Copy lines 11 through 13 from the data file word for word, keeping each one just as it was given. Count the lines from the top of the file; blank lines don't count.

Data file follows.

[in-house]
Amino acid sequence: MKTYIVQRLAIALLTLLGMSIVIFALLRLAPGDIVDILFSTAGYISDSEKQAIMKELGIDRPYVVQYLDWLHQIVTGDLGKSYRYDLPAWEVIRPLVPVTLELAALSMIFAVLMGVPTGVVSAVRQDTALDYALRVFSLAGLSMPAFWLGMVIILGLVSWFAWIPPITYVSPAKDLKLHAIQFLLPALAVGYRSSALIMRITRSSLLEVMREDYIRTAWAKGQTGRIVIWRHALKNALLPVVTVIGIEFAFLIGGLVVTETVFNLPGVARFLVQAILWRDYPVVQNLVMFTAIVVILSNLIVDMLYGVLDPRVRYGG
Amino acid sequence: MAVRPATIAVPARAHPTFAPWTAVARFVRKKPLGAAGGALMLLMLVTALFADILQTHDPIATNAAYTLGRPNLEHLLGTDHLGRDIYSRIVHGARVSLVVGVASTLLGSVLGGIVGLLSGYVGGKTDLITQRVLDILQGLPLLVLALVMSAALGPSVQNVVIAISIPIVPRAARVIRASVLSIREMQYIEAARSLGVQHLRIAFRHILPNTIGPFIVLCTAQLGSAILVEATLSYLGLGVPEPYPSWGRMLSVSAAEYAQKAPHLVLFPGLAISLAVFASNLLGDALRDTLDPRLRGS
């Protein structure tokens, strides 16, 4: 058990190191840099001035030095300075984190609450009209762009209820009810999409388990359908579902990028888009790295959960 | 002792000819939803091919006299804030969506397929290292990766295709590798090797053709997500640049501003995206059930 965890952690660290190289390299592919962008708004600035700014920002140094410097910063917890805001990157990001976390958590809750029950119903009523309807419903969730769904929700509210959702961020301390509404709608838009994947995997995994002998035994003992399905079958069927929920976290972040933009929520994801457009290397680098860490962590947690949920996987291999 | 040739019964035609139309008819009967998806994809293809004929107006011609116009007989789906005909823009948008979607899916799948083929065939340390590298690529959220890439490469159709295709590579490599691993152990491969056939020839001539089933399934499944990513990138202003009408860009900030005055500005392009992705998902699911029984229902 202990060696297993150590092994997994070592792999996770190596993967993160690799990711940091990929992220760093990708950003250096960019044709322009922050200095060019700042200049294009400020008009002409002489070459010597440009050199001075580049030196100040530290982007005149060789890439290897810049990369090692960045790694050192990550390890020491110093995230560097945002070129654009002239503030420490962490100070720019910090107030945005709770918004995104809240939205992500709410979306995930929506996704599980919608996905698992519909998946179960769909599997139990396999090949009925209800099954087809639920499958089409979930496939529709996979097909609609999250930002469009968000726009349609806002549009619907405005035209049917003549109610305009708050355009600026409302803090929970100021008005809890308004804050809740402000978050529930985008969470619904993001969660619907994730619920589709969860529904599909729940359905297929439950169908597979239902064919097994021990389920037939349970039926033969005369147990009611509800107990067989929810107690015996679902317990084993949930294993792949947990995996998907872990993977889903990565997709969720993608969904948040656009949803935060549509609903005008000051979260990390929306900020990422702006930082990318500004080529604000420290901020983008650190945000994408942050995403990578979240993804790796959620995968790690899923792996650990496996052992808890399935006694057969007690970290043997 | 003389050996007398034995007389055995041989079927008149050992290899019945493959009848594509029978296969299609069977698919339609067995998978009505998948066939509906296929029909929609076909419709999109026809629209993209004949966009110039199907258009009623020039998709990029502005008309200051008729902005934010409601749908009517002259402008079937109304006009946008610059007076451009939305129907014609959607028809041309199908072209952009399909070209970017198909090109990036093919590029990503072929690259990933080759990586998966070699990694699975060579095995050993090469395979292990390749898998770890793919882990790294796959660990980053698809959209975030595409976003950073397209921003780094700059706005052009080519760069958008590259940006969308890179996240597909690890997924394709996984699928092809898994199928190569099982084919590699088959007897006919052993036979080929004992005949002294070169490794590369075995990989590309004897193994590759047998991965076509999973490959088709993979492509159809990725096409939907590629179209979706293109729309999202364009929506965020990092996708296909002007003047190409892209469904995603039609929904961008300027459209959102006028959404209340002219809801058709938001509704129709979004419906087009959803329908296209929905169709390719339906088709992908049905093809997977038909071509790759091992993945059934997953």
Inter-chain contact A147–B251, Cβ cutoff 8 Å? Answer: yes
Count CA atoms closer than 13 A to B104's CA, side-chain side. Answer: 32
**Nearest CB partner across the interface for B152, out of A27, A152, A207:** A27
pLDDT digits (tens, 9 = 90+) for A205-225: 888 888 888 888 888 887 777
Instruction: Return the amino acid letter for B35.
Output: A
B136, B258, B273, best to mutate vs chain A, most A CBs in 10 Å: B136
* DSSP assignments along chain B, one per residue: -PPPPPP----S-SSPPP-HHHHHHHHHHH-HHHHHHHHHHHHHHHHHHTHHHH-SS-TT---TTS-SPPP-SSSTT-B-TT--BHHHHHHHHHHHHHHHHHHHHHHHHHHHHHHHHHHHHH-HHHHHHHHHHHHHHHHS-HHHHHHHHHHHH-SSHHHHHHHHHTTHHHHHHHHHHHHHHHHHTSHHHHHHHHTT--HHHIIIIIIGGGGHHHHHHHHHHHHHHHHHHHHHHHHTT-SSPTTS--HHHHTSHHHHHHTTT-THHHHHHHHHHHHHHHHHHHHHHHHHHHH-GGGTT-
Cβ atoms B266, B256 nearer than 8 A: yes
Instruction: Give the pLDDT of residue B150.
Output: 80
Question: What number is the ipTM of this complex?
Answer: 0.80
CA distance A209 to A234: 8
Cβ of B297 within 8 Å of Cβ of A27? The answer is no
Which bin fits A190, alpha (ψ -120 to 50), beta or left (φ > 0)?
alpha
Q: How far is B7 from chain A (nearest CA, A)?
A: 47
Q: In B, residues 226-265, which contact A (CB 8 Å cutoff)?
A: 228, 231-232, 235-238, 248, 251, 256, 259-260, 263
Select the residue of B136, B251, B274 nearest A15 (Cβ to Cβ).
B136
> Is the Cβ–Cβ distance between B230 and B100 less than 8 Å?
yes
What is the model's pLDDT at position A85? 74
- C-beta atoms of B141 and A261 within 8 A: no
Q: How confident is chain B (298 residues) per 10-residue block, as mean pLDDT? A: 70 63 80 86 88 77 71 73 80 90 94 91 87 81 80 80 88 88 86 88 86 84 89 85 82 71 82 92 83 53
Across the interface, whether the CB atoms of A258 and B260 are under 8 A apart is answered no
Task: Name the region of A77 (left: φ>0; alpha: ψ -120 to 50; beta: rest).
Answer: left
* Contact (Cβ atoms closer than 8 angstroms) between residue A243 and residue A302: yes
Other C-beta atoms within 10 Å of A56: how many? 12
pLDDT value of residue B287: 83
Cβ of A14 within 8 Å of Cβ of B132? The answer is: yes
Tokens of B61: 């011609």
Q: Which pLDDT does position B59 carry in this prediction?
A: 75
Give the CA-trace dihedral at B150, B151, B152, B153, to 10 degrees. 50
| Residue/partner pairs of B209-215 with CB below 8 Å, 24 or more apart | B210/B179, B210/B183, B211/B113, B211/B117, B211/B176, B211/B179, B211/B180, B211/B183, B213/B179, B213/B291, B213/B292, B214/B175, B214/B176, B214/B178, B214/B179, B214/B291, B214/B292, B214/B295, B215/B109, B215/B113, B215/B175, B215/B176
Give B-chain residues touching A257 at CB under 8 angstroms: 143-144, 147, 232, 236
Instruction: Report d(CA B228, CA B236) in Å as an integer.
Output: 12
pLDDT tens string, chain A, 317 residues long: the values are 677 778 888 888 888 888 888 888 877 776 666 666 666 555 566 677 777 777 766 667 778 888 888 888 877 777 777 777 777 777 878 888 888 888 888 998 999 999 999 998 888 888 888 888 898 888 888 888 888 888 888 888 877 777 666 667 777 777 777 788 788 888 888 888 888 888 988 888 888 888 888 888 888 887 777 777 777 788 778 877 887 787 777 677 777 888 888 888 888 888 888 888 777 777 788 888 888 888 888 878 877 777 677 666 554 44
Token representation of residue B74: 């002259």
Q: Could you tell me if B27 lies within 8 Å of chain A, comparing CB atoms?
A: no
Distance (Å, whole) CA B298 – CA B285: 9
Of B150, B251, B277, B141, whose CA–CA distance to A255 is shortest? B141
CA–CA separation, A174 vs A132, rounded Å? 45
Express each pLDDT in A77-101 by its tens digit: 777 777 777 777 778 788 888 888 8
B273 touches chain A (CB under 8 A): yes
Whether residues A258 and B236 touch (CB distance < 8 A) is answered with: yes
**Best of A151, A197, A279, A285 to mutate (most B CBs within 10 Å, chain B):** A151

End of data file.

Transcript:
B136, B258, B273, best to mutate vs chain A, most A CBs in 10 Å: B136
* DSSP assignments along chain B, one per residue: -PPPPPP----S-SSPPP-HHHHHHHHHHH-HHHHHHHHHHHHHHHHHHTHHHH-SS-TT---TTS-SPPP-SSSTT-B-TT--BHHHHHHHHHHHHHHHHHHHHHHHHHHHHHHHHHHHHH-HHHHHHHHHHHHHHHHS-HHHHHHHHHHHH-SSHHHHHHHHHTTHHHHHHHHHHHHHHHHHTSHHHHHHHHTT--HHHIIIIIIGGGGHHHHHHHHHHHHHHHHHHHHHHHHTT-SSPTTS--HHHHTSHHHHHHTTT-THHHHHHHHHHHHHHHHHHHHHHHHHHHH-GGGTT-
Cβ atoms B266, B256 nearer than 8 A: yes